Monday, August 11, 2003
Updated: August 27, 6:10 PM ET
Carey the man on the line -- and he's OK with that
By Ryan Hockensmith
ESPN The Magazine
In big white letters, the jersey would have said "OK" on the back. Not "Carey." Just "60" on the front, and "OK" on the back.
Not for Oklahoma, either, though at 6-foot-5, 355 pounds, Vernon Carey might look a little like the Sooner State. No, Hurricanes coaches thought that's what the massive offensive lineman was this spring -- just OK. Mediocre. Not the tackle-plowing, pancake-blocking machine they recruited out of Northwestern HS in Miami, or that they saw in spurts at Canes practices.
He was just OK, and line coach Art Kehoe didn't mind throwing that in Carey's face this spring. Especially since he says Carey is the most physically gifted lineman he's had in 25 years at Miami. Yep, better than Joaquin Gonzalez, Leon Searcy, Bryant McKinnie and the rest of Kehoe's six first-team All-Americans and 14 future pros he's coached in Coral Gables.
So it drove Kehoe insane to see Carey, after three years of nagging, look so average this spring. "Vernon thought he was playing well," Kehoe says. "And every time Vernon thinks he's playing well, he just coasts. It can get pretty frustrating."
But that's why Miami pays Kehoe the big bucks. Nurturing a revamped offensive line, Kehoe needs Carey, who's moving from tackle to guard, to be more than ordinary. "If you want to be average, fine," Kehoe told him. "I'll get fired, and you'll spend the rest of your life pumping gas at Mobil."
Then he started calling Carey "OK Corral," even in front of teammates, and went so far as to threaten to rip his name off his jersey and replace it with "OK."
Even for the ever-yapping, always-smiling Carey, a kid so charismatic Canes coaches herd almost every potential recruits toward him for campus visits, that didn't sit well. He shaved his weight down to a brisk 340, picked up the pace at the end of spring and scorched through the team's preseason 110-yard running drills (linemen have to run 16 straight 110-yard sprints, all under 18 seconds) in early August. Take that, he says. "Coach Kehoe was right," Carey says. "It's time for me to be a man. It's time to become one of the best linemen Miami has ever had."
That's certainly what Miami envisioned five years ago when Carey committed as
a top-20 recruit. High school teammates called him The Hulk for the way he massacred defensive linemen. "That stuff all got into my head, though," Carey says. "I thought I was perfect."
Carey walked into Coral Gables and thought he owned the place. Not so, Kehoe told him.
"I had to get on him," Kehoe says. "On a scale of 1 to 10, he was about a 2.5 when he got here. But he thought he was a 10."
Carey redshirted as a freshman and barely played the next year. He struggled on the sidelines & and with Kehoe constantly in his ear. Carey's weight erupted to 380 pounds and he bummed as a backup. "That was rough, real rough, for me," Carey says. "I just thought I was better than that."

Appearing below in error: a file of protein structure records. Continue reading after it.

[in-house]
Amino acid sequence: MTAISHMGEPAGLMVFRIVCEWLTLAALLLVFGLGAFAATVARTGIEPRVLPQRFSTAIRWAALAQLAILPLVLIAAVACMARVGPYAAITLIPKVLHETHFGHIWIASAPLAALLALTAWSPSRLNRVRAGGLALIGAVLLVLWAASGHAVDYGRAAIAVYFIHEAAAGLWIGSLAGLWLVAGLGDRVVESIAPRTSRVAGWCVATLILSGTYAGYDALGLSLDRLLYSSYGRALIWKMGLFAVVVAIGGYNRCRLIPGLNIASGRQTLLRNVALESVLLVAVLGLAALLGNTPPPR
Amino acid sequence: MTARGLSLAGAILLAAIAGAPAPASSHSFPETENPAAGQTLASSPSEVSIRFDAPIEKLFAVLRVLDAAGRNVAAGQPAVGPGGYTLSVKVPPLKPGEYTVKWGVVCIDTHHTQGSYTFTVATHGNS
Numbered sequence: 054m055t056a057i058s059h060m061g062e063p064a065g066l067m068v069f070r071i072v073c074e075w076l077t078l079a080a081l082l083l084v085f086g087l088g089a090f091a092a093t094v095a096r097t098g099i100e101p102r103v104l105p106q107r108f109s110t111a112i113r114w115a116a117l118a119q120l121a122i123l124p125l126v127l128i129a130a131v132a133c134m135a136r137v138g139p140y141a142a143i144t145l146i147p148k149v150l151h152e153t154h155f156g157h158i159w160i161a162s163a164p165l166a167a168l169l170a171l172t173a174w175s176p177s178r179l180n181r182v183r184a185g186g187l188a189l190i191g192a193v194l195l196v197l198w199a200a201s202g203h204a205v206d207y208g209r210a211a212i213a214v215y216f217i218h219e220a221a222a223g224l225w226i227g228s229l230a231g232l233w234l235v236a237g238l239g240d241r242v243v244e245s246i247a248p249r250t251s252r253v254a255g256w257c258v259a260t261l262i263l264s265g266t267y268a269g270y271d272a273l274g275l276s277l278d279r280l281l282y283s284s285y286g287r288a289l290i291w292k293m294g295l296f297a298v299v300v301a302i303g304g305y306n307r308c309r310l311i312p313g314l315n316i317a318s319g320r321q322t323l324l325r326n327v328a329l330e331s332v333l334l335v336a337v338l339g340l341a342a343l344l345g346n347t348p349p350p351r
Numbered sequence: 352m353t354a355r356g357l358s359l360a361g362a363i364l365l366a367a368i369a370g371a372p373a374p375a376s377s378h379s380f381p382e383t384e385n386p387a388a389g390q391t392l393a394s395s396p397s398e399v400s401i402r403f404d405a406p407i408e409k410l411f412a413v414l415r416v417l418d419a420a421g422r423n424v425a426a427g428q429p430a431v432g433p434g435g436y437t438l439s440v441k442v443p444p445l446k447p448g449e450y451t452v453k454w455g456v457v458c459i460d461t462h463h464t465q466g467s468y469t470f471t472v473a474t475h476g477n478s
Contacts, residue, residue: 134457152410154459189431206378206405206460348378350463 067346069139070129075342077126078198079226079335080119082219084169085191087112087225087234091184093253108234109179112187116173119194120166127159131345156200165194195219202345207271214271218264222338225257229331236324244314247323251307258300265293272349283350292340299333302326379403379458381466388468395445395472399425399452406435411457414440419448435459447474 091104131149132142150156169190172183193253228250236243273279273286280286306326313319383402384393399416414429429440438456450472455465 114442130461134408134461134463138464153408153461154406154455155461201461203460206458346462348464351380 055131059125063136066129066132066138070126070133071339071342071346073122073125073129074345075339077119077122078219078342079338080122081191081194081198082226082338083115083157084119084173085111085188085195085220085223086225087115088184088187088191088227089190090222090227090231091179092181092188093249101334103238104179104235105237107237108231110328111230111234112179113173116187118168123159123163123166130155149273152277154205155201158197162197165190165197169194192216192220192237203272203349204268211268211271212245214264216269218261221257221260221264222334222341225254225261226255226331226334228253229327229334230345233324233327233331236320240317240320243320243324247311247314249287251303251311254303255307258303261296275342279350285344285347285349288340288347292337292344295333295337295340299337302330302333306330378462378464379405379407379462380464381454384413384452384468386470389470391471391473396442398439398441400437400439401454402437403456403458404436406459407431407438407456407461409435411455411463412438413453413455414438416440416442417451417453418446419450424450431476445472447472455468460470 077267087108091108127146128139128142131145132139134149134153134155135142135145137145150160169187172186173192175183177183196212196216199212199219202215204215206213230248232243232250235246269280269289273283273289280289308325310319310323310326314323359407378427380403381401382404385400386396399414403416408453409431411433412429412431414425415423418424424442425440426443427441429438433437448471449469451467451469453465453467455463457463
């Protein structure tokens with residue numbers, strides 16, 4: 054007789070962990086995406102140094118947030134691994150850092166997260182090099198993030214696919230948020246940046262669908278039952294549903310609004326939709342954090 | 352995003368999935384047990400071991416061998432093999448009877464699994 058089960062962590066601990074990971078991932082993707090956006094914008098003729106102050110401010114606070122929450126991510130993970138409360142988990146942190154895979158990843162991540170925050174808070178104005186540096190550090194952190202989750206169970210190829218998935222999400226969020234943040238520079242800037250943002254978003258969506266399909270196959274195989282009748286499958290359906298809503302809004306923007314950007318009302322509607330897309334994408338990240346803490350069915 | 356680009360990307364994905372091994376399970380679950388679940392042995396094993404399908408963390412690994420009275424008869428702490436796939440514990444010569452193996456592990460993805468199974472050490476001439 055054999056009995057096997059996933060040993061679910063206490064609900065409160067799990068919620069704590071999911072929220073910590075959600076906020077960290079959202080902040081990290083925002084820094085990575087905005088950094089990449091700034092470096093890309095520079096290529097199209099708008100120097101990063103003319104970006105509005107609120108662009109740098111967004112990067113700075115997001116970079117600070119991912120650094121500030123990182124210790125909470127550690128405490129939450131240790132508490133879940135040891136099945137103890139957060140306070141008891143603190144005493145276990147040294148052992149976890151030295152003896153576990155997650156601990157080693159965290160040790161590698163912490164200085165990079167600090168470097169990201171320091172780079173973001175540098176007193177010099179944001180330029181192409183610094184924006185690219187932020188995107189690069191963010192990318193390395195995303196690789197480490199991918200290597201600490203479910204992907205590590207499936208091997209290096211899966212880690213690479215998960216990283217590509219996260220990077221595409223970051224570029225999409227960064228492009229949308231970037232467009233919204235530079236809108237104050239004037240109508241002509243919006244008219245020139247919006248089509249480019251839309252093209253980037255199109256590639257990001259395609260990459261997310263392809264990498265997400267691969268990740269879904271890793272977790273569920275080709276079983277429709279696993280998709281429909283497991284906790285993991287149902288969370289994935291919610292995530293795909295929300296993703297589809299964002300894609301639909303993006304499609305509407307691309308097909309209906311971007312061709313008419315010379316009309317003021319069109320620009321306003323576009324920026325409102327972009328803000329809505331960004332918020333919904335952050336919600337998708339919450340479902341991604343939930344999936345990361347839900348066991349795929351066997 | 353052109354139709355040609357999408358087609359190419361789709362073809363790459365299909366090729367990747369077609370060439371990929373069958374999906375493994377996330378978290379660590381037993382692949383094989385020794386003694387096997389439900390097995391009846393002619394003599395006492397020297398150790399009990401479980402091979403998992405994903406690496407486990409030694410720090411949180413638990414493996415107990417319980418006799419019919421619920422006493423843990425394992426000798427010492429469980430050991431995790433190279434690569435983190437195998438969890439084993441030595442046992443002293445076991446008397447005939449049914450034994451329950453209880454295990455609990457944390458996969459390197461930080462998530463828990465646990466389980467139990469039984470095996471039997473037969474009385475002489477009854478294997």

He was, and that finally sank in during two-a-days in August, 2001. After two years of pestering Carey to no avail, an exasperated Kehoe bumped into Carey's high school coach, Billy Rolle, and the veteran Canes coach let him know that Carey was well on his way to being the worst overweight, lazy bust he'd ever had. Didn't take long until Carey was cornered.
"You need to look in the mirror," Rolle told Carey. "It's time to make a change."
Carey says that's when he rewired his brain. He worked hard and labored through conditioning drills, still bantering with Kehoe about why linemen have to run full-field sprints. "Shut up and run 'em," Kehoe barked back.
Carey did, and saw spot duty as a sophomore. As a junior last season, he started 13 games at tackle and racked up a team-best 42 pancake blocks. In wins against Florida, Florida State, West Virginia and Pittsburgh, Carey -- not Willis McGahee, Ken Dorsey or Andre Johnson -- was named offensive MVP.
Yet this spring, with Lombardi Award and Outland Trophy pub, Carey showed up content. That didn't last very long. "We went at it again," Kehoe laughs. "I gave him two things to concentrate on: No. 1, shut up, and No. 2, block. Everything else, I told him to just close his damned mouth and take care of business."
Carey did, and showed up at Big East media day looking sleek. For a 340-pound guy, anyway. "Not exactly ready to run a marathon yet," coach Larry Coker says. "But he's our best lineman and I think he can be a great, great player for us."
Great? Kehoe says Carey can be better than great.
"If Vernon puts everything together, his size, his speed, his strength & wow," he says. "He could be frightening. Just absolutely frightening."
That'd sure beat OK.
Ryan Hockensmith is a staff writer at ESPN The Magazine.